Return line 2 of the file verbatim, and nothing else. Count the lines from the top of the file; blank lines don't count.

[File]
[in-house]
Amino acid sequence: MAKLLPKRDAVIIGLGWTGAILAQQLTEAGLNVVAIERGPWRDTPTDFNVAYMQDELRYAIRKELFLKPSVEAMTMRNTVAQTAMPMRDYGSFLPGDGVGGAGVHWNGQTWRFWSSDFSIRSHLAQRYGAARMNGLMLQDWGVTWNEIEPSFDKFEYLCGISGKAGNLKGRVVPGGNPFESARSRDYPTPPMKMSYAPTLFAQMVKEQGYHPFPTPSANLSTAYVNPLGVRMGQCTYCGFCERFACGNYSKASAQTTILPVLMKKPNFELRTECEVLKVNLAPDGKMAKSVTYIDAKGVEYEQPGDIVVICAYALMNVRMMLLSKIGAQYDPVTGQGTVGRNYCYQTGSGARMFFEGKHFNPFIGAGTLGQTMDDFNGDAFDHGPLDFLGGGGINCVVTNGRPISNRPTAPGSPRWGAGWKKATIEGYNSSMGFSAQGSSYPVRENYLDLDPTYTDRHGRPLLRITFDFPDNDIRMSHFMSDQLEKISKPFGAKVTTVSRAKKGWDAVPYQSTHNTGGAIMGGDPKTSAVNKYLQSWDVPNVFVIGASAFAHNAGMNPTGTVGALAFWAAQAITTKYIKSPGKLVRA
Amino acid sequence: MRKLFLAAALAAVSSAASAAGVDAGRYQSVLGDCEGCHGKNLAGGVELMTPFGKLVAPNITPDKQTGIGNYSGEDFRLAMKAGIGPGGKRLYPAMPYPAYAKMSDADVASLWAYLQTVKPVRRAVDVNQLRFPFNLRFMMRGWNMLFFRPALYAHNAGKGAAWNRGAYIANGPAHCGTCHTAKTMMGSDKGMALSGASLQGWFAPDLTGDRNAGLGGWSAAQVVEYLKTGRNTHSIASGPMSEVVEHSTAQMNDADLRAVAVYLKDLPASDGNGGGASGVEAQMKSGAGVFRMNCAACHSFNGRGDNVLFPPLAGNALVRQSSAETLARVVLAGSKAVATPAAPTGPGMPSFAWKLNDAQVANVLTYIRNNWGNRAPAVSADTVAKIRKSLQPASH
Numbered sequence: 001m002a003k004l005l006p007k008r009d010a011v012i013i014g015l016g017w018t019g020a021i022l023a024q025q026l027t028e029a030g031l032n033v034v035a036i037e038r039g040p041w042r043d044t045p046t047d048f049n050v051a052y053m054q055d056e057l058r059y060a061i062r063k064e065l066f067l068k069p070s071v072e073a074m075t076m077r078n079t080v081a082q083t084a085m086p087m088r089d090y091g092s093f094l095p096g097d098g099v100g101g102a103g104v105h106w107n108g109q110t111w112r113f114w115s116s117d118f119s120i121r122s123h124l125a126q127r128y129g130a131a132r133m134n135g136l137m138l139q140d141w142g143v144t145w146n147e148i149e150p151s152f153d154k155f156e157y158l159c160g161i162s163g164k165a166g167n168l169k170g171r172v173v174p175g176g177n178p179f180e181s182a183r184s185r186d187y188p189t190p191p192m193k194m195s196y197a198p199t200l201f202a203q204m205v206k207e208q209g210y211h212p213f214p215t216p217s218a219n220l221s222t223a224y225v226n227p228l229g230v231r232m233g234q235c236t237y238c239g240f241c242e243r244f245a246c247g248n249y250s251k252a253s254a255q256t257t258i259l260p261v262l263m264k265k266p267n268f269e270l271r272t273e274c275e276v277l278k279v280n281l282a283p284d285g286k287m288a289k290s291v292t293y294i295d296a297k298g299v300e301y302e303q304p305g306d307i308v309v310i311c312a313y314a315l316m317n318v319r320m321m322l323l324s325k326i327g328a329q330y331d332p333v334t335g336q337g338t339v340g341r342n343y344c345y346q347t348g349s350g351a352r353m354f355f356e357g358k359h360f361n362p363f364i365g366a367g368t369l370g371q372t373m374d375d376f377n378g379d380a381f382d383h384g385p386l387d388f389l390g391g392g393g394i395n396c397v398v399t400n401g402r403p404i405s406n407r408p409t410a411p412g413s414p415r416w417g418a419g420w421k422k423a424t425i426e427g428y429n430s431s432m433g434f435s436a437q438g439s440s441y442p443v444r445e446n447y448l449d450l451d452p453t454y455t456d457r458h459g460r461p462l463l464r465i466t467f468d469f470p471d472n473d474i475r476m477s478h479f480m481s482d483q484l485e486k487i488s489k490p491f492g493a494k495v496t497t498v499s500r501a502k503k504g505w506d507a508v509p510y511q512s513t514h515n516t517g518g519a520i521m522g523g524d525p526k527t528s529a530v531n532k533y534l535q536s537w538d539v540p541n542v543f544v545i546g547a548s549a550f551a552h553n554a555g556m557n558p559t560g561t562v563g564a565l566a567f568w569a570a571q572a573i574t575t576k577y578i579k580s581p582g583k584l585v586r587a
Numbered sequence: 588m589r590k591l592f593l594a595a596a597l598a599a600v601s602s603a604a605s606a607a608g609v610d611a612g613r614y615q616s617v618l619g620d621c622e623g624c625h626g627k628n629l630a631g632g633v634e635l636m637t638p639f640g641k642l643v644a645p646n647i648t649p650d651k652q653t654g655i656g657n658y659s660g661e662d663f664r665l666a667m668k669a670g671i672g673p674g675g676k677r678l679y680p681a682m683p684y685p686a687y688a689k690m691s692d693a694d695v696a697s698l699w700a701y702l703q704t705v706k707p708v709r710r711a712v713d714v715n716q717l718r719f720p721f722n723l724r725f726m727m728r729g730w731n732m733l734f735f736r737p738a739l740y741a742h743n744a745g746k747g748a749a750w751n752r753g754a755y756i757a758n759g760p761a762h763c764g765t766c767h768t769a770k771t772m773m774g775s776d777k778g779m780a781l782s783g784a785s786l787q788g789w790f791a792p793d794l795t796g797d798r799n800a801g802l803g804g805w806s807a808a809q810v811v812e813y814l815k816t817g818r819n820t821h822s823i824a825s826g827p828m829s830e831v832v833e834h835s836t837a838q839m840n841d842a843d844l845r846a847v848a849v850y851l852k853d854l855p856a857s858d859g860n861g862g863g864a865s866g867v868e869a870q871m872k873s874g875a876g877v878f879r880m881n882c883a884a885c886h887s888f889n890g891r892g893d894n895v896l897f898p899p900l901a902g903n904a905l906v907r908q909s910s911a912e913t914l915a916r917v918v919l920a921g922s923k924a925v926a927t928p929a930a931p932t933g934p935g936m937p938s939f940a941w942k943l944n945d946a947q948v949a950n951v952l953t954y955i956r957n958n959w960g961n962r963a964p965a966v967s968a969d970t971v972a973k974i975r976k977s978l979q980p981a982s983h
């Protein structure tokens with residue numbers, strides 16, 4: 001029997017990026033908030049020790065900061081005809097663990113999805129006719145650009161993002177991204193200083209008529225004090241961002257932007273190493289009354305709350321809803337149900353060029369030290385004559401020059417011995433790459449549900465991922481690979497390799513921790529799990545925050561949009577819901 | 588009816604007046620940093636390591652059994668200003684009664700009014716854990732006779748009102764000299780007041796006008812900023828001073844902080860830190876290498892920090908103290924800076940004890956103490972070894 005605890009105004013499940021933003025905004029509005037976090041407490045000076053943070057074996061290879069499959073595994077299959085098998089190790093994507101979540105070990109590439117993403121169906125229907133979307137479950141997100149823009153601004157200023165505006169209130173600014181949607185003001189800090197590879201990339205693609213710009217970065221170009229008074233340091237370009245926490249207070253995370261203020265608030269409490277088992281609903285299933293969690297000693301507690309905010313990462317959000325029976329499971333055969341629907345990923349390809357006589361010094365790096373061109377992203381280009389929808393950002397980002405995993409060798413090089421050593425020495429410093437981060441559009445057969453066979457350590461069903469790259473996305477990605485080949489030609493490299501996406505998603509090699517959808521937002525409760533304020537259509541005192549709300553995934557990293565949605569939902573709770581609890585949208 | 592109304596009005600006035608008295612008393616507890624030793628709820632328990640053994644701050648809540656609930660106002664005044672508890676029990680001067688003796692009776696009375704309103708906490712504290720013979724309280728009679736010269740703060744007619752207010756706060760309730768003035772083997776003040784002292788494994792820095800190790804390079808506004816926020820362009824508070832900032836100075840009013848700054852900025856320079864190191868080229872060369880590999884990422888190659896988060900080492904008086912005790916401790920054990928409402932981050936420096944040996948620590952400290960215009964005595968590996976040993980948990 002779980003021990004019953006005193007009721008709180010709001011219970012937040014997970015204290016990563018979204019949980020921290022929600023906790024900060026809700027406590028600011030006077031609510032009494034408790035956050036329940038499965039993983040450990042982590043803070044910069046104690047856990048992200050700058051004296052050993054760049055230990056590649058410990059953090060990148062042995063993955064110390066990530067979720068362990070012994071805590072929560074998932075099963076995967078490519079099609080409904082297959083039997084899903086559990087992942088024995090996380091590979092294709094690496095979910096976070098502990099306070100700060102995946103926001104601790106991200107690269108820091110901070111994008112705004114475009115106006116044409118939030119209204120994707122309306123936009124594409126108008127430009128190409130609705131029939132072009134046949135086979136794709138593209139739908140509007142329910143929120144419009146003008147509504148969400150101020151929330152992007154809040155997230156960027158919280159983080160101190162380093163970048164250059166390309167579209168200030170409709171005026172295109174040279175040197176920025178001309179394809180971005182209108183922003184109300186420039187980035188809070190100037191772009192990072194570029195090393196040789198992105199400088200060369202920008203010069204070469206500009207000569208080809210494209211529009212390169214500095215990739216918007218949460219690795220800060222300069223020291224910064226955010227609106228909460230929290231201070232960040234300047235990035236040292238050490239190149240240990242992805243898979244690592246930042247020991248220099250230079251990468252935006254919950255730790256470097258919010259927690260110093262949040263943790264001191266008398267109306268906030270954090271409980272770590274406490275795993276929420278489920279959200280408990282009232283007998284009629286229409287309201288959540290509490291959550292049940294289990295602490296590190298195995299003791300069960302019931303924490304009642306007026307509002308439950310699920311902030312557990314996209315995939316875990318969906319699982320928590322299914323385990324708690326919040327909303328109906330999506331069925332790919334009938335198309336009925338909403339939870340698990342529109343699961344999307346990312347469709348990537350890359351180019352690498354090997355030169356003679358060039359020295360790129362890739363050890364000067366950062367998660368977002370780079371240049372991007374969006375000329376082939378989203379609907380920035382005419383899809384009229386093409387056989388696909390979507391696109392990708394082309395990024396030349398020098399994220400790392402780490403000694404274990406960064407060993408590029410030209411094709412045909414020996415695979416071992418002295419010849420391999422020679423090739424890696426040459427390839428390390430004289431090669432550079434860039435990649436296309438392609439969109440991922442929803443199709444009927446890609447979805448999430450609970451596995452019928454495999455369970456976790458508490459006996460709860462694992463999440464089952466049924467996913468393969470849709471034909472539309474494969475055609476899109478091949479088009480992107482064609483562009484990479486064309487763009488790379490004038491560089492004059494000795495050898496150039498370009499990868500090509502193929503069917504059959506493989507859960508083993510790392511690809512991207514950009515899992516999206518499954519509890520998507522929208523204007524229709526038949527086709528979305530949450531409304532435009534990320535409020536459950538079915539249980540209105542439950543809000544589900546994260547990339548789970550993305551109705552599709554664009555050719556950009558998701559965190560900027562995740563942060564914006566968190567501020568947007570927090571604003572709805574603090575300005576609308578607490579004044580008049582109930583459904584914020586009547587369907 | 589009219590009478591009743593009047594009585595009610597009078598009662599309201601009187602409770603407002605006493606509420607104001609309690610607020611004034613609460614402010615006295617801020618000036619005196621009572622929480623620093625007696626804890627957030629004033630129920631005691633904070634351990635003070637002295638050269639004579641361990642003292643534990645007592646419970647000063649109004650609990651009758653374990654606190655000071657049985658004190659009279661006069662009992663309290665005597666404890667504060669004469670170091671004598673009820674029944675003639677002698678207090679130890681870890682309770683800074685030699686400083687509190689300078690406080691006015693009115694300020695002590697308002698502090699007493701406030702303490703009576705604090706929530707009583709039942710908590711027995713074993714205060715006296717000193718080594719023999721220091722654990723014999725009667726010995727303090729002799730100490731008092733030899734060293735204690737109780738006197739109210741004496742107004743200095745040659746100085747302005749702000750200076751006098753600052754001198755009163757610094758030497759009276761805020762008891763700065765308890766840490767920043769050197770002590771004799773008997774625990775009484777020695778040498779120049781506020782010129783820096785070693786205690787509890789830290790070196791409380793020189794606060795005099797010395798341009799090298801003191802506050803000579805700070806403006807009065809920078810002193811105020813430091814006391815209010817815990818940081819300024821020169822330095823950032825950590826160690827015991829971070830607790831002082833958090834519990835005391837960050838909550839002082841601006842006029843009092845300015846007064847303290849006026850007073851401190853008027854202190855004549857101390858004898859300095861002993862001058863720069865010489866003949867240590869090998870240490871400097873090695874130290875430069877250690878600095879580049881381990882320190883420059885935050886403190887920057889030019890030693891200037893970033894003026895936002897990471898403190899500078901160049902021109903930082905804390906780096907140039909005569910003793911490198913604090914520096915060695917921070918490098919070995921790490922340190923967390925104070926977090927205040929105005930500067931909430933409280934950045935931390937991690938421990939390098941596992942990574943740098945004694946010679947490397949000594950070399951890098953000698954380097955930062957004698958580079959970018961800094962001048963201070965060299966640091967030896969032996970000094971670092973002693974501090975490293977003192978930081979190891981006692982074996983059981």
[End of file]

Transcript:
Amino acid sequence: MAKLLPKRDAVIIGLGWTGAILAQQLTEAGLNVVAIERGPWRDTPTDFNVAYMQDELRYAIRKELFLKPSVEAMTMRNTVAQTAMPMRDYGSFLPGDGVGGAGVHWNGQTWRFWSSDFSIRSHLAQRYGAARMNGLMLQDWGVTWNEIEPSFDKFEYLCGISGKAGNLKGRVVPGGNPFESARSRDYPTPPMKMSYAPTLFAQMVKEQGYHPFPTPSANLSTAYVNPLGVRMGQCTYCGFCERFACGNYSKASAQTTILPVLMKKPNFELRTECEVLKVNLAPDGKMAKSVTYIDAKGVEYEQPGDIVVICAYALMNVRMMLLSKIGAQYDPVTGQGTVGRNYCYQTGSGARMFFEGKHFNPFIGAGTLGQTMDDFNGDAFDHGPLDFLGGGGINCVVTNGRPISNRPTAPGSPRWGAGWKKATIEGYNSSMGFSAQGSSYPVRENYLDLDPTYTDRHGRPLLRITFDFPDNDIRMSHFMSDQLEKISKPFGAKVTTVSRAKKGWDAVPYQSTHNTGGAIMGGDPKTSAVNKYLQSWDVPNVFVIGASAFAHNAGMNPTGTVGALAFWAAQAITTKYIKSPGKLVRA